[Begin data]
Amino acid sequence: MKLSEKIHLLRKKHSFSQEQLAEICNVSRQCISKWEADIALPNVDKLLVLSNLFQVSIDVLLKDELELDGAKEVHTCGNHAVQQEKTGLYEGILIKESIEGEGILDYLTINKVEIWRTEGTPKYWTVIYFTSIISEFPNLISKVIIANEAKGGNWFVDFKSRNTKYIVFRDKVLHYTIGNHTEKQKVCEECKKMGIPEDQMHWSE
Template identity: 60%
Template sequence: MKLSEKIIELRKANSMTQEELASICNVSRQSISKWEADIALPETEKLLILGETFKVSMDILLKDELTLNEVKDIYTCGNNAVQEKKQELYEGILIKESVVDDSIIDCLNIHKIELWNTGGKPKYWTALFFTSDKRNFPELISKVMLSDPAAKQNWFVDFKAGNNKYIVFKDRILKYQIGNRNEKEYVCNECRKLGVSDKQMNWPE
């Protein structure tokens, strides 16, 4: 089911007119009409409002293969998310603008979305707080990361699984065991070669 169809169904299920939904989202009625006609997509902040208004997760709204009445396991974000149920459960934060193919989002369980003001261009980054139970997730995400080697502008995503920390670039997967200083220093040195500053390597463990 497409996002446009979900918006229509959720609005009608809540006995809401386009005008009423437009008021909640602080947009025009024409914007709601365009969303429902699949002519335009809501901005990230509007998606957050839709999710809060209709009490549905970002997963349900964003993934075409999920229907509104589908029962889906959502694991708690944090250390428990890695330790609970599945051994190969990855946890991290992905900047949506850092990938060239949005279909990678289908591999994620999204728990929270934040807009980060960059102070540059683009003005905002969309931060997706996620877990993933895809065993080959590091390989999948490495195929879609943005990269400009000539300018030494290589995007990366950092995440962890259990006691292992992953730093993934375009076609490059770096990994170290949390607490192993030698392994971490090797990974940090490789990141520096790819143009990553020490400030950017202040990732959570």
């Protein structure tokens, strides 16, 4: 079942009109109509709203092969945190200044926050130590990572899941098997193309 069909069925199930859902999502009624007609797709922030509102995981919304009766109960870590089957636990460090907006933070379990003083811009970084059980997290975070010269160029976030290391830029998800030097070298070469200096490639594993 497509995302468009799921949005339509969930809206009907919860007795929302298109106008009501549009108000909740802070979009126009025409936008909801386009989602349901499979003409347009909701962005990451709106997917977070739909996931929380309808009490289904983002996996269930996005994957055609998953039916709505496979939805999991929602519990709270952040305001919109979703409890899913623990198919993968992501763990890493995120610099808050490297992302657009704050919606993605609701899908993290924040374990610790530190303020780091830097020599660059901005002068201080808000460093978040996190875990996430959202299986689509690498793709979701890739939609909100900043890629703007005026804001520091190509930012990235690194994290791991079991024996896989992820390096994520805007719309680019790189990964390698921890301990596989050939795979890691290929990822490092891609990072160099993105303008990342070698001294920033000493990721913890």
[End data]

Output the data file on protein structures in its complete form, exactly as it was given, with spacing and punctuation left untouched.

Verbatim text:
Amino acid sequence: MKLSEKIHLLRKKHSFSQEQLAEICNVSRQCISKWEADIALPNVDKLLVLSNLFQVSIDVLLKDELELDGAKEVHTCGNHAVQQEKTGLYEGILIKESIEGEGILDYLTINKVEIWRTEGTPKYWTVIYFTSIISEFPNLISKVIIANEAKGGNWFVDFKSRNTKYIVFRDKVLHYTIGNHTEKQKVCEECKKMGIPEDQMHWSE
Template identity: 60%
Template sequence: MKLSEKIIELRKANSMTQEELASICNVSRQSISKWEADIALPETEKLLILGETFKVSMDILLKDELTLNEVKDIYTCGNNAVQEKKQELYEGILIKESVVDDSIIDCLNIHKIELWNTGGKPKYWTALFFTSDKRNFPELISKVMLSDPAAKQNWFVDFKAGNNKYIVFKDRILKYQIGNRNEKEYVCNECRKLGVSDKQMNWPE
């Protein structure tokens, strides 16, 4: 089911007119009409409002293969998310603008979305707080990361699984065991070669 169809169904299920939904989202009625006609997509902040208004997760709204009445396991974000149920459960934060193919989002369980003001261009980054139970997730995400080697502008995503920390670039997967200083220093040195500053390597463990 497409996002446009979900918006229509959720609005009608809540006995809401386009005008009423437009008021909640602080947009025009024409914007709601365009969303429902699949002519335009809501901005990230509007998606957050839709999710809060209709009490549905970002997963349900964003993934075409999920229907509104589908029962889906959502694991708690944090250390428990890695330790609970599945051994190969990855946890991290992905900047949506850092990938060239949005279909990678289908591999994620999204728990929270934040807009980060960059102070540059683009003005905002969309931060997706996620877990993933895809065993080959590091390989999948490495195929879609943005990269400009000539300018030494290589995007990366950092995440962890259990006691292992992953730093993934375009076609490059770096990994170290949390607490192993030698392994971490090797990974940090490789990141520096790819143009990553020490400030950017202040990732959570």
């Protein structure tokens, strides 16, 4: 079942009109109509709203092969945190200044926050130590990572899941098997193309 069909069925199930859902999502009624007609797709922030509102995981919304009766109960870590089957636990460090907006933070379990003083811009970084059980997290975070010269160029976030290391830029998800030097070298070469200096490639594993 497509995302468009799921949005339509969930809206009907919860007795929302298109106008009501549009108000909740802070979009126009025409936008909801386009989602349901499979003409347009909701962005990451709106997917977070739909996931929380309808009490289904983002996996269930996005994957055609998953039916709505496979939805999991929602519990709270952040305001919109979703409890899913623990198919993968992501763990890493995120610099808050490297992302657009704050919606993605609701899908993290924040374990610790530190303020780091830097020599660059901005002068201080808000460093978040996190875990996430959202299986689509690498793709979701890739939609909100900043890629703007005026804001520091190509930012990235690194994290791991079991024996896989992820390096994520805007719309680019790189990964390698921890301990596989050939795979890691290929990822490092891609990072160099993105303008990342070698001294920033000493990721913890």